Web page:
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Friday, September 07, 2007

Edward Glaeser: Sensible Solutions to the Subprime Crisis

Edward Glaeser suggests shared-appreciation mortgages as a possible response to the mortgage meltdown:

Sensible solutions to the lending mess, by Edward L. Glaeser, Commentary, Boston Globe: ...[A] proposal that would give up to $5,000 to people who lose their homes in a foreclosure ... is a sensible and humane response to the subprime crisis, but there may also be ways to help avoid more foreclosures altogether. If the [government] can induce lenders to offer refinancing at lower interest rates, by offering them a share of future housing price appreciation, then foreclosures could be reduced without trampling on creditors' rights. ...

Over the past 15 years, American credit has become far more democratic, as ordinary people have found it easier to borrow to buy homes or cars or send their kids to school. ... Lenders who broke the law should be punished, but a wholesale attack on creditors' rights will punish the prospective low-income borrowers of the future by making it impossible for them to get a loan. ...

More can be done to avoid foreclosures than just urging lenders to renegotiate, but bailouts must be avoided and creditors' rights must be respected. A perpetual moratorium on foreclosures, for example, would be a foolish repudiation of the rights of lenders. Who would lend after that precedent?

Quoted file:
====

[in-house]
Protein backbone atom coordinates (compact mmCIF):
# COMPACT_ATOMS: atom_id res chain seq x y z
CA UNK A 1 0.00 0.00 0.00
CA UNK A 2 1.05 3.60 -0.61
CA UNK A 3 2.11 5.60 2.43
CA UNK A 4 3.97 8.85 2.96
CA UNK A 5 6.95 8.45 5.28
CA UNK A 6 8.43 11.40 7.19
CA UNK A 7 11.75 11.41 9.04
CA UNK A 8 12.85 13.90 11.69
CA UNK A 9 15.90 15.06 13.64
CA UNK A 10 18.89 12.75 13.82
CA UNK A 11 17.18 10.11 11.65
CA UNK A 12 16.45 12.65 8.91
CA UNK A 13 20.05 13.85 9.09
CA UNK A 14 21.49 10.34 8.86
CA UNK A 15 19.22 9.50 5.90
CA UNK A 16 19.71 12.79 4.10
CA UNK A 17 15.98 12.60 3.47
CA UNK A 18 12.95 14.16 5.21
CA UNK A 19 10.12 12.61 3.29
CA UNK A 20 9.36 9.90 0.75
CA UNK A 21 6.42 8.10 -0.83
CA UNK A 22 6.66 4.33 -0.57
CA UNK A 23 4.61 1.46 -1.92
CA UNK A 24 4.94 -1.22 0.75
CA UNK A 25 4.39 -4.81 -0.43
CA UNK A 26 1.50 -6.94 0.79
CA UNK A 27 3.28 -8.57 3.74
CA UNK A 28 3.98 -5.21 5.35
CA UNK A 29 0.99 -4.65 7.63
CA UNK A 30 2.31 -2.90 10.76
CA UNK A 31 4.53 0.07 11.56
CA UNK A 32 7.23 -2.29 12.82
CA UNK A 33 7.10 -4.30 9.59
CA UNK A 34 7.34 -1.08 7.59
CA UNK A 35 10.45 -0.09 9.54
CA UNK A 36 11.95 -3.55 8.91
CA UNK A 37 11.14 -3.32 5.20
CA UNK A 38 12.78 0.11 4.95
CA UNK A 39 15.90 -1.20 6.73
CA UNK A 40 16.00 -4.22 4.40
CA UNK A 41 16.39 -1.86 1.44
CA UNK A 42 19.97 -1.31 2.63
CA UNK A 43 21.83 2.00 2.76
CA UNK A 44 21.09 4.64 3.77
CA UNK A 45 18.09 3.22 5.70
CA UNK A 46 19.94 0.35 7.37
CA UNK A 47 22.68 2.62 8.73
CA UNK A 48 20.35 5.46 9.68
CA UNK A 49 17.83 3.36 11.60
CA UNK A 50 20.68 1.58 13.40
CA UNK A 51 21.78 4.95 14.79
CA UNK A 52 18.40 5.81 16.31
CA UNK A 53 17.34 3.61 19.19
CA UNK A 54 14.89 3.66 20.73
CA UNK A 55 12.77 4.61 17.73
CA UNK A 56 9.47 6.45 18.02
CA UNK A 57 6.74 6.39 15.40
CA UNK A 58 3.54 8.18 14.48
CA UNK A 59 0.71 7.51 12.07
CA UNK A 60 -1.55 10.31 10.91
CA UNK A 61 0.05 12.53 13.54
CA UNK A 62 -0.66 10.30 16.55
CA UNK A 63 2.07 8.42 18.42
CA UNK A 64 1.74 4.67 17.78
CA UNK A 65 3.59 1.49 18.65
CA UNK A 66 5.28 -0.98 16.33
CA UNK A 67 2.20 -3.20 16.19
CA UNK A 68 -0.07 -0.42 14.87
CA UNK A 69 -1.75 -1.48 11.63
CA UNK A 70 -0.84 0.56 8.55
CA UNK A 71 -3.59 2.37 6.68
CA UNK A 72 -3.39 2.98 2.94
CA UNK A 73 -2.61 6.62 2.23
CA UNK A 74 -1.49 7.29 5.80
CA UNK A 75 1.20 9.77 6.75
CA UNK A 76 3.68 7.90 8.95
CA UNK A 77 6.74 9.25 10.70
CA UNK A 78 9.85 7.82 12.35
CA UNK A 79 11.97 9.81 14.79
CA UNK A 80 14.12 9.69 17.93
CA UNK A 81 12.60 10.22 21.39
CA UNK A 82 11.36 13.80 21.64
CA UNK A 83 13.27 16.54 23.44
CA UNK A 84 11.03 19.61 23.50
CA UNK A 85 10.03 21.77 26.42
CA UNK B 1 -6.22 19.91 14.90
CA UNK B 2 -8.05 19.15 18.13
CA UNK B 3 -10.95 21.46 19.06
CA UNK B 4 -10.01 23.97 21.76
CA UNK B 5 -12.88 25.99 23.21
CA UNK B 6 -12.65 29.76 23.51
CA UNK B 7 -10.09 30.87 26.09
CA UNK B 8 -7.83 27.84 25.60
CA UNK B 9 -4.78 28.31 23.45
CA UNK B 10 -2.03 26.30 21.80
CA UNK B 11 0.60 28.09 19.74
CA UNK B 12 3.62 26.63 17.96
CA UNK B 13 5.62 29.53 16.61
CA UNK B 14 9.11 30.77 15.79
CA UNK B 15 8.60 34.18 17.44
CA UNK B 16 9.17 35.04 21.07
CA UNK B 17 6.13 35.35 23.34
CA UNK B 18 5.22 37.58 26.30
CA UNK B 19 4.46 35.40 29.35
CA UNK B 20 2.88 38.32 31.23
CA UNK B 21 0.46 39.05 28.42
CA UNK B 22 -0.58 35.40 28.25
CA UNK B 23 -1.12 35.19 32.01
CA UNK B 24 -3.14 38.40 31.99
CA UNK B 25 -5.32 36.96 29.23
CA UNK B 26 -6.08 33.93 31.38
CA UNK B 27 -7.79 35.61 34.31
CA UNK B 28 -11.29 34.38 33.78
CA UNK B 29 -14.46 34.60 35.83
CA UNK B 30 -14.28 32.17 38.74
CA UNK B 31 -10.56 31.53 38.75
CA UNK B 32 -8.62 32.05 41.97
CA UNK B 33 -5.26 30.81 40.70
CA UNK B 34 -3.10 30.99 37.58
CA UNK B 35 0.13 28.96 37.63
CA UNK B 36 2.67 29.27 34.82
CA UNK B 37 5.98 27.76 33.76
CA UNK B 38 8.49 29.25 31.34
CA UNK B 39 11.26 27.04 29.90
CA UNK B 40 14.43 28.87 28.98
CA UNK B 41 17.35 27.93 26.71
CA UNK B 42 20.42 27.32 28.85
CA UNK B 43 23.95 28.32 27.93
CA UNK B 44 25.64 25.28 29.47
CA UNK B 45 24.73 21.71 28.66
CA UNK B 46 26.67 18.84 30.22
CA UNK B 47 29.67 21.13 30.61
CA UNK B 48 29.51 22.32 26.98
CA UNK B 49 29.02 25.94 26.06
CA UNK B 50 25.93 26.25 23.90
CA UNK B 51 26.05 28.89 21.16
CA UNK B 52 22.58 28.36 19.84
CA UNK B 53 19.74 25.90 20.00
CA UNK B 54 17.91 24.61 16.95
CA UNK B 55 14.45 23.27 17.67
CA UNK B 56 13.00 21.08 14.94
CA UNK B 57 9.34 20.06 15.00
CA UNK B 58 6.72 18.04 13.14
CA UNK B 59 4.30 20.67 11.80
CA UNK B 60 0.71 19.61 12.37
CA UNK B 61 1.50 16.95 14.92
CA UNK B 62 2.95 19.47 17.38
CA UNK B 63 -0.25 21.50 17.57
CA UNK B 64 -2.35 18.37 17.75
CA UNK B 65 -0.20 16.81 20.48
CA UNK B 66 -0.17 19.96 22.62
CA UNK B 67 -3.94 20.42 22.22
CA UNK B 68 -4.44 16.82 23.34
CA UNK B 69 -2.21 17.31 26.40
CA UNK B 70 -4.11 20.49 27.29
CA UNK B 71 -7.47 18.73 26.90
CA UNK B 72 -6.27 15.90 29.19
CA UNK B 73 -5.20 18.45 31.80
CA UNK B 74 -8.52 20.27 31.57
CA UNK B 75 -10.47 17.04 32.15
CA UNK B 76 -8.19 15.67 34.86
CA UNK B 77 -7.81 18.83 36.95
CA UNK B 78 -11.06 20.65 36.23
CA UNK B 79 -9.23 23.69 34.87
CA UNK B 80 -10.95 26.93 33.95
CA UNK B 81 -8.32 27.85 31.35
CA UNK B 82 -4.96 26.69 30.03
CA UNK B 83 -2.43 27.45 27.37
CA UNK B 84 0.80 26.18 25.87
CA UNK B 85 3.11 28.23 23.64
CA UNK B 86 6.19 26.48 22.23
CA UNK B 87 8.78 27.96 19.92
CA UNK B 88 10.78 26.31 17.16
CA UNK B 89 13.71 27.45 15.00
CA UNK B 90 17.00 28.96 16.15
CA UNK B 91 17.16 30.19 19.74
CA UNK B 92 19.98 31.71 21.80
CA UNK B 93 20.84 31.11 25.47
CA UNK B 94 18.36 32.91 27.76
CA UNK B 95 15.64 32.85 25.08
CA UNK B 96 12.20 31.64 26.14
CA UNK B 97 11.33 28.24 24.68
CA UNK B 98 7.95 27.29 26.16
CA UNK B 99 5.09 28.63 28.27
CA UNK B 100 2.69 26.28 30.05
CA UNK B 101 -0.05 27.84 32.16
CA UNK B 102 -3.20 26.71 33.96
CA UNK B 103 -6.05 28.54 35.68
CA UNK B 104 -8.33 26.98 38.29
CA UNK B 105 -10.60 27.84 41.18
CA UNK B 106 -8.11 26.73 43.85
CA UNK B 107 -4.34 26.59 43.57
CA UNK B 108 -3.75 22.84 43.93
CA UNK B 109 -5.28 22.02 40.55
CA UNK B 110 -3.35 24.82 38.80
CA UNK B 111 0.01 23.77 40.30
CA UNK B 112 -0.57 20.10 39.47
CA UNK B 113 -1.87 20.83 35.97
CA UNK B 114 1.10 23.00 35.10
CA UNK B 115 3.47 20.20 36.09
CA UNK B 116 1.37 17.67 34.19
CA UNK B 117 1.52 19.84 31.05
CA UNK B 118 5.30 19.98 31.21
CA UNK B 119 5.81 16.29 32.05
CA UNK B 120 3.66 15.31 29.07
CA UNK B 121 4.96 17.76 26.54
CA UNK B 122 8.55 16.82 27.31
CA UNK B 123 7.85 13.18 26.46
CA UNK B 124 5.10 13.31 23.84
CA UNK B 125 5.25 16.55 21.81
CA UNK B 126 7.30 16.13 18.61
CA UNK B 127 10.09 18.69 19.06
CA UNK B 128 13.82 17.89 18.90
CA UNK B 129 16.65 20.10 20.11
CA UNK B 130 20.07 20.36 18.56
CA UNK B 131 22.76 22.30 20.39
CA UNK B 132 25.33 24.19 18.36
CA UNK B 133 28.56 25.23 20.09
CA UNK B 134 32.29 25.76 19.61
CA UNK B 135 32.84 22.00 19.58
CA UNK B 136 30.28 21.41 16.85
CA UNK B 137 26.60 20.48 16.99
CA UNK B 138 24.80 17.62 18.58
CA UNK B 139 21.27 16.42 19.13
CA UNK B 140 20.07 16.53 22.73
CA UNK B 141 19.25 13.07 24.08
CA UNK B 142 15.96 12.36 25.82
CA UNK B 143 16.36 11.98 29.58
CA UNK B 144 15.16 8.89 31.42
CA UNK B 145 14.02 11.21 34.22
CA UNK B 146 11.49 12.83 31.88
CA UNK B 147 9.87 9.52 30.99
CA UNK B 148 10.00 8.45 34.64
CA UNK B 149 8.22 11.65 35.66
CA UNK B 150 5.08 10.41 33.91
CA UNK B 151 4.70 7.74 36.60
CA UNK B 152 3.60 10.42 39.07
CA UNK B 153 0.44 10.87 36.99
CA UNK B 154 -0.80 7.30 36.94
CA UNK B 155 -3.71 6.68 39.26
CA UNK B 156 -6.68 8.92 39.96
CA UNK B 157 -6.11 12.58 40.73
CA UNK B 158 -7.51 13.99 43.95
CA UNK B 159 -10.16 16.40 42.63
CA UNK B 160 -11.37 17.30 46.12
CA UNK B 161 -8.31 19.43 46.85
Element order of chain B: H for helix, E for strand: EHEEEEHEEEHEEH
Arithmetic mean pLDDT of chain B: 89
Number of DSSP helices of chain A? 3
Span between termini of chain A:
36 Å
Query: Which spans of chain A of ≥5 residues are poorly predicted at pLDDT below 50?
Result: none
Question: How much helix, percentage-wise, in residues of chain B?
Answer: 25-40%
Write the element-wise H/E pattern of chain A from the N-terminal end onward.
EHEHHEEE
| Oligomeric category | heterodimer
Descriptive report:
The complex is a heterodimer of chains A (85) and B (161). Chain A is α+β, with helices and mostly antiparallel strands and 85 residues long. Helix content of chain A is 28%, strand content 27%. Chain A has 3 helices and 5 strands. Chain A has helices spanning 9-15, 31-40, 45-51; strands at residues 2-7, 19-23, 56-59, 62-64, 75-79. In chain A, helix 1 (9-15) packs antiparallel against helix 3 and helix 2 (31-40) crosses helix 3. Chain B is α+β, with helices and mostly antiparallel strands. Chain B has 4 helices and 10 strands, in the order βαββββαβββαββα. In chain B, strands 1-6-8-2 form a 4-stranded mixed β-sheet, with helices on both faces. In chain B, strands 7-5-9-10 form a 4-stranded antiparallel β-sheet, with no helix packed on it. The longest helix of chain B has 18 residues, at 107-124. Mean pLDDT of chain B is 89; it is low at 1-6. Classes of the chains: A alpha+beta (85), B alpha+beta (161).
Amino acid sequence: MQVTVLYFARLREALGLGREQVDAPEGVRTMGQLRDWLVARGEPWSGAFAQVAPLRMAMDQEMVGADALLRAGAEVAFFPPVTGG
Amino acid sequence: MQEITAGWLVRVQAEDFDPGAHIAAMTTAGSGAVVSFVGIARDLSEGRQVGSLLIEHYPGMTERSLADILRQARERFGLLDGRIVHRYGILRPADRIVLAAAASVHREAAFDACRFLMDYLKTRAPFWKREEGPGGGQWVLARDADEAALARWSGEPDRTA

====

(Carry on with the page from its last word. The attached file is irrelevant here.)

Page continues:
Another way is to make refinancing at lower interest rates more attractive for lenders by encouraging shared-appreciation mortgages. These mortgages ... offer lower interest rates in exchange for some of the upside potential on the house. For example, a lender might offer a 6 percent interest rate instead of an 8 percent rate, in exchange for 50 percent of the increase in the value of the house at the time of eventual sale. Most borrowers don't want to lose this upside, but for someone facing foreclosure, losing the upside may be a lot better than losing the house altogether.

The best case scenario for shared-appreciation mortgages would be that with ... regulatory encouragement, new private lenders would refinance some mortgages completely at a lower rate in exchange for some upside. Competition among lenders could help borrowers get the best deal possible. ...

Punish law-breaking lenders, not future borrowers. If we eliminate the rights of creditors to foreclose, then we will make it impossible for borrowers to get a loan. A better way is to offer financial aid to people who lose their homes, and to look for ways to induce lenders to refinance at lower interest rates.

    Posted by on Friday, September 7, 2007 at 12:15 AM in Economics, Housing, Policy, Regulation | Permalink  TrackBack (0)  Comments (14)


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